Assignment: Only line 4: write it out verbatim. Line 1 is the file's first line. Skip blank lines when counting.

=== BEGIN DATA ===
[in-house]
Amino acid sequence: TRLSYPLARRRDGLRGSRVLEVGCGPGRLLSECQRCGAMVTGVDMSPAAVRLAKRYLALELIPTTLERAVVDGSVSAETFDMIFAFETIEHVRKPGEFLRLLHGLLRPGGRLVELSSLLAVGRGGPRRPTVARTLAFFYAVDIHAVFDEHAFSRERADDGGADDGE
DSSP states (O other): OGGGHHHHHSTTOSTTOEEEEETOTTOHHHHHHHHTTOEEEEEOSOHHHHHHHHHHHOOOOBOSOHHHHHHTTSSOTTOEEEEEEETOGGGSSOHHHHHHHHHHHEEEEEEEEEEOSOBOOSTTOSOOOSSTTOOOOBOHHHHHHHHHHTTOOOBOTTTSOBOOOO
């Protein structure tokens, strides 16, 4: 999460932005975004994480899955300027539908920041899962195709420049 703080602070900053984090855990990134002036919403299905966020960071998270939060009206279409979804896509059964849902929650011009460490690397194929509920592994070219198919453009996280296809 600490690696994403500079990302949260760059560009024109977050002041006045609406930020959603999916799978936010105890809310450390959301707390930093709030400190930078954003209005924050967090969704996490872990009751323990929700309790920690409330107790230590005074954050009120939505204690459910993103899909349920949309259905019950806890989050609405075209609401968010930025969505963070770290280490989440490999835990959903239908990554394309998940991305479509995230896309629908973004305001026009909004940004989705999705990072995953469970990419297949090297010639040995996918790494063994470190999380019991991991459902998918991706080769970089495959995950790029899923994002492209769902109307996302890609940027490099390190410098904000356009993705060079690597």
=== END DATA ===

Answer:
């Protein structure tokens, strides 16, 4: 999460932005975004994480899955300027539908920041899962195709420049 703080602070900053984090855990990134002036919403299905966020960071998270939060009206279409979804896509059964849902929650011009460490690397194929509920592994070219198919453009996280296809 600490690696994403500079990302949260760059560009024109977050002041006045609406930020959603999916799978936010105890809310450390959301707390930093709030400190930078954003209005924050967090969704996490872990009751323990929700309790920690409330107790230590005074954050009120939505204690459910993103899909349920949309259905019950806890989050609405075209609401968010930025969505963070770290280490989440490999835990959903239908990554394309998940991305479509995230896309629908973004305001026009909004940004989705999705990072995953469970990419297949090297010639040995996918790494063994470190999380019991991991459902998918991706080769970089495959995950790029899923994002492209769902109307996302890609940027490099390190410098904000356009993705060079690597």